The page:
CFLAGS+= -fPIC per default?

Peter Wemm peter at
Sun Feb 22 21:32:09 PST 2004

On Sunday 22 February 2004 01:27 pm, Joseph Fenton wrote:
> >>Adding CFLAGS= -fPIC to /etc/make.conf may be a local solution but
> >>are there any drawbacks by adding something like
> >>.if ${ARCH} == "amd64"
> >>CFLAGS+= -fPIC
> >>.endif
> >>
> >>to ports/Mk/
> >
> >No.. please don't.  Although the AMD64 platform supports PIC
> > addressing modes directly, it is still a penalty.  (Although
> > thankfully, its nowhere near as expensive as it is on i386!)
> >
> >For example, in libc when built in PIC mode:
> >#ifdef PIC
> >        movq    PIC_GOT(HIDENAME(curbrk)),%rdx
> >        movq    (%rdx),%rax
> >#else
> >        movq    HIDENAME(curbrk)(%rip),%rax
> >#endif
> >
> >The problem is that we can't be sure that everything will be in +/-
> > 31 bit offsets of each other.  This means that PIC objects have to
> > do indirect memory references that aren't required in no-pic mode.
> >
> >I386 also loses a general purpose register (%ebx) which is why -fpic
> > is more expensive there.  But even though we don't lose a register,
> > its still a cost because of the extra global-offset-table memory
> > references.
> >
> >Footnote: you just made me wonder about some of these ifdefs..  We
> >shouldn't need them for intra-object references like this.  I'll
> > have to go and look again.
> Sorry to be anal, but PC-relative addressing is by definition
> position-independent code. Who was the bright individual
> who decided that when compiling PIC code to NOT use
> PC-relative and to NOT use PC-relative for non-PIC code?

Recall the last paragraph you just quoted.  I already said I thought the 
code wasn't quite right.  However, I just remembered why its done that 

Remember.. unix link semantics have interesting symbol override effects.  
Although you might normally be jumping within the same library and can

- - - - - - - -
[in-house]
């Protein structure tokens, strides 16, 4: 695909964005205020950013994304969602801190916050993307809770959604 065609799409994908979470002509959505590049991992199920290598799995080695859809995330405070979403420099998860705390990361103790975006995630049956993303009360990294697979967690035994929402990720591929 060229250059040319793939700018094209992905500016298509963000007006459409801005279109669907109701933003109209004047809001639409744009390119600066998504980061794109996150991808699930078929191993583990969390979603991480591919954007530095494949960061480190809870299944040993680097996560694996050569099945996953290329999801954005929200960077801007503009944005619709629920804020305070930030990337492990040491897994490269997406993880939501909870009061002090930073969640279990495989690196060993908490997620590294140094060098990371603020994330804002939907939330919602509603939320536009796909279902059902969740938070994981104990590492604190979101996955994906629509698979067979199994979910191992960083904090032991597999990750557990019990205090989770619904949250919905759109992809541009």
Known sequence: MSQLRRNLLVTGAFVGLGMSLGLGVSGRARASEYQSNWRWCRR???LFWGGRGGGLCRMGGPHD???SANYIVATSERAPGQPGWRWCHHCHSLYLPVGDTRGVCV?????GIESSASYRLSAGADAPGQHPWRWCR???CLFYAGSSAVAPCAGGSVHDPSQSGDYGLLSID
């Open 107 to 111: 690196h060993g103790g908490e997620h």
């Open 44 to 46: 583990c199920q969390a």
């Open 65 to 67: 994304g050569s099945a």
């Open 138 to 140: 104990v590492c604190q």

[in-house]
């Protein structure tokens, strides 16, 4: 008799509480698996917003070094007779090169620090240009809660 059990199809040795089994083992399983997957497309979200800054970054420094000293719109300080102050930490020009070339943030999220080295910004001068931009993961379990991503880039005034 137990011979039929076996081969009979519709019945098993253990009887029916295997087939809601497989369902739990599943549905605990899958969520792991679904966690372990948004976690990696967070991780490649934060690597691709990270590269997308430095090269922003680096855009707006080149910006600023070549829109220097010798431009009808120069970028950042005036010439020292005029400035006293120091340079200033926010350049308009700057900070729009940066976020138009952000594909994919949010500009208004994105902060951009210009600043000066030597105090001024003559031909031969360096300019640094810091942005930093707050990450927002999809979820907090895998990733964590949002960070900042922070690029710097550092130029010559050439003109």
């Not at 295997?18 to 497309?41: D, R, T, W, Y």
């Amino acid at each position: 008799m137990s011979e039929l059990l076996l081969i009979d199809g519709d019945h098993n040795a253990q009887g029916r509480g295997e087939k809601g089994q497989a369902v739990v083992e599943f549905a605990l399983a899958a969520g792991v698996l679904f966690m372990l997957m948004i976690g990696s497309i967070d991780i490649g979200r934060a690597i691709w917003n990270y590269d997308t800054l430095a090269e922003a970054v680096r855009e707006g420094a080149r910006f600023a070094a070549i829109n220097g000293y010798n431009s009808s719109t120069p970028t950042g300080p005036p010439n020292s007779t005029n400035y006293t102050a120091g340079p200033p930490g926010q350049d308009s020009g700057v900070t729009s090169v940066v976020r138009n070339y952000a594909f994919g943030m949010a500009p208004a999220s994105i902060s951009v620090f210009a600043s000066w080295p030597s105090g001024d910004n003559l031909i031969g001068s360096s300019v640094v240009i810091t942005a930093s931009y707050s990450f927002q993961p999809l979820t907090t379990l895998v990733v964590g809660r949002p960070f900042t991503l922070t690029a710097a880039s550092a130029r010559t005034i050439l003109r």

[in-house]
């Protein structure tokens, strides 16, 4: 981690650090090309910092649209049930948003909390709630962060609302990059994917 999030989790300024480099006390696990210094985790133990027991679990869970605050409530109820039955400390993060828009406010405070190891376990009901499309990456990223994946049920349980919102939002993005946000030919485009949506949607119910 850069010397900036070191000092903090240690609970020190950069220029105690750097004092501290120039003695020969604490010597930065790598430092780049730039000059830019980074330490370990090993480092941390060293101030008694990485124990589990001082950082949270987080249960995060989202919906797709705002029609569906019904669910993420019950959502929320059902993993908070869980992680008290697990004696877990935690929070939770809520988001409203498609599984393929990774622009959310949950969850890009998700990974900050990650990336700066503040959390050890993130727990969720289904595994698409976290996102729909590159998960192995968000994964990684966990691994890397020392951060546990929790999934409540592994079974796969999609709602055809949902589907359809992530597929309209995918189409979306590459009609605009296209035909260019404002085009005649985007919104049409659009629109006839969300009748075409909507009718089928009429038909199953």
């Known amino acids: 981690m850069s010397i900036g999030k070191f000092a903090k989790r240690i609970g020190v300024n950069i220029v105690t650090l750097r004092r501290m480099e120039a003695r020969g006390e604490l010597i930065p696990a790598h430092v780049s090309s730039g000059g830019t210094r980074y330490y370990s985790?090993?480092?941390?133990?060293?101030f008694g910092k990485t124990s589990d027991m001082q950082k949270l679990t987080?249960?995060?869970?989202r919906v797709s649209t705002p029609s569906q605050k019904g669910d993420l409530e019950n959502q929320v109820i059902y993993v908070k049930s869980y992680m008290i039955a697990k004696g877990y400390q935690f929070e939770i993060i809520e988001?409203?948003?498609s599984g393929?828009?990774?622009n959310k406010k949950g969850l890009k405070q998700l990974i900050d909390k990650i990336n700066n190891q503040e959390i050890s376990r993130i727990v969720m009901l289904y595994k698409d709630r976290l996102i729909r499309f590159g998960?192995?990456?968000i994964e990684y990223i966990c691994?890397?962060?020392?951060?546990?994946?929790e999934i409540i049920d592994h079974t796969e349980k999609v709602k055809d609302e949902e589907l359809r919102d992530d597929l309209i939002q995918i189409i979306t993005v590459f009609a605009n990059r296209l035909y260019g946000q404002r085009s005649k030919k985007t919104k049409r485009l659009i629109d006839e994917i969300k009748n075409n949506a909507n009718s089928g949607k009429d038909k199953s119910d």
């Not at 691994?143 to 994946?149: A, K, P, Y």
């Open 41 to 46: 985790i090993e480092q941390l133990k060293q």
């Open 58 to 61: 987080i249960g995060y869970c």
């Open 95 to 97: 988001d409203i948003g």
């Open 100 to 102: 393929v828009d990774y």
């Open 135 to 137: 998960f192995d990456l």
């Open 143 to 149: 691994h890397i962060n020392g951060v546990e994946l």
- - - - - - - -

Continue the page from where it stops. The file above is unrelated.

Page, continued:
trivially use %rip-relative addressing, if the main program overrides 
libc symbols, we must use those instead.  Thus, we can't use 
%rip-relative ways to access them because we can't be sure its going to 
be within +/- 2GB.  In fact, its guaranteed to not be the case for 
dynamic linking on FreeBSD/amd64 because the default load address for 
shared libs is around the 8GB mark.  For static linking though, we 
don't usually have this same 7.9GB hole in our symbol space.

Also.. when compiling with -fpic, you don't know whether you're linking 
pc-relative code into an application or into a shared library that 
could be loaded just about anywhere.

> This is counter-intuitive. For PIC code, you use PC-relative
> addressing in two cases: 1 - the code is guaranteed to be
> a constant distance apart, like code in the same section; 2 -
> when the loader guarantees the relative position of different
> sections, like code and data contained in a ROM.
> Case 1 could be violated by the code being too far apart
> for PC-relative addressing. This is virtually impossible for
> the AMD64 as I doubt we'll see code exceeding 2G in
> size in the next several decades. Code is only now exceeding
> a few megabytes. Case 2 is usually your problem, which leads